Peter Barr

SHORT-LISTED for this year’s Man Booker prize, His Bloody Project by Graeme Macrae Burnet is an utterly compelling novel about a series of murders in a remote Highland village in 1869. It was perhaps appropriate, then, for Burnet to discuss his book a few miles away from “the scene of the crime”, at a meet-the-author session in the Lochcarron Gallery, a former butcher’s shop where much blood has also been spilled through the years.

His Bloody Project is a psychological thriller which describes the case of Roderick Macrae, a young man from the Highland clachan of Culduie in Wester Ross who commits a brutal triple murder. Right from the start, the reader knows whodunnit but a number of important questions remain. Should Roddy plead insanity or was he insane to confess? Does he tell the full story, and will he be hanged for his crime? Could there be a sexual undercurrent to the murders?

The story is told through a series of “found” documents (including Roddy's confession) which the author states in the preface were the fruits of his research into his family tree – a literary sleight of hand which also has an element of truth. Burnet's mother, Primrose, was born and brought up in Lochcarron, a few miles away from where the novel is set, and his grandfather, Donald “Tramp” Macrae was born in Applecross and later ran a business in Lochcarron. “There seems to have been some debate about the origin of this nickname,” says 48-year-old Burnet, “but the truth is probably that he or one of his forefathers worked on the ‘tramp steamers’ that plied their trade on the west coast.”

Unlike his rather short and stocky Victorian characters, Burnet, who is tall and imposing, would not look out of place on a shinty pitch.The surroundings of the Highlands, combined with his colourful family history, have always been a source of inspiration, he says. Born and brought up in Kilmarnock, his debut novel was the critically well-received The Disappearance of Adele Bedeau. He lives in Glasgow and, before turning full-time to writing, made a living as a TV researcher.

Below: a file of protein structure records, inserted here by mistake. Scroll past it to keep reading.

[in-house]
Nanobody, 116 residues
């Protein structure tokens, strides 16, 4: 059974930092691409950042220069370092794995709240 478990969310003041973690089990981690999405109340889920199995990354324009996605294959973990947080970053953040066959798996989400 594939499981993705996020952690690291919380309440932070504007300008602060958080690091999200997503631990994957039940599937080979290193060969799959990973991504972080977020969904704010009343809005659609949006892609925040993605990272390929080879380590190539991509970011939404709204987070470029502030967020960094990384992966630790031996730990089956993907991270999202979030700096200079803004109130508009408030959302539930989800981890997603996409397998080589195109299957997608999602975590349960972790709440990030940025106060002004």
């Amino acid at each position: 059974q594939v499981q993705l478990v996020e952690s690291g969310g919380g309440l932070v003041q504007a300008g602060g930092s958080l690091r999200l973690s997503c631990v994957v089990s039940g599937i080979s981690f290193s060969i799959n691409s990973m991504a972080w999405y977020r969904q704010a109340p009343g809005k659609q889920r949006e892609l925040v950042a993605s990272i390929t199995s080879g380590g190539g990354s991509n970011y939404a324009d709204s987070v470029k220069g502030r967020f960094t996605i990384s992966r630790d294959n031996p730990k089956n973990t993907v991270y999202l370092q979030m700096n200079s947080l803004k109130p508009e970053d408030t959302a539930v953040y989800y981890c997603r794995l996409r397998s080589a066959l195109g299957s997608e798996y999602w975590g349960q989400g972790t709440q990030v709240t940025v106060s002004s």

It was only after finishing the first draft of the novel that he heard two true stories about the Macraes which – entirely by coincidence – mirror the fiction. In the novel, two of Roddy’s uncles die in a shipwreck, and Burnet learned that two of his family members had also drowned in similar circumstances not long before the time when the novel is set, close to the scene of the fictional shipwreck. “Later on,” he says, “I also learned that one of my ancestors was 'the Bard of Applecross,' who wrote the words of the song used in one of the scenes in the novel.”

His Bloody Project draws on a wide range of sources for literary inspiration. For quarter of a century Burnet has been fascinated by the infamous case of a Frenchman called Pierre Riviere, who brutally murdered his mother, his sister and brother with a pruning hook, in 1835, “to free his father and himself from his mother's tyranny”. The killer then wrote a sensational memoir to justify what he had done. This confession was later included in a book by Michel Foucault, as part of a collection of found documents, including medical and legal testimony, a format which influenced Burnet's novel.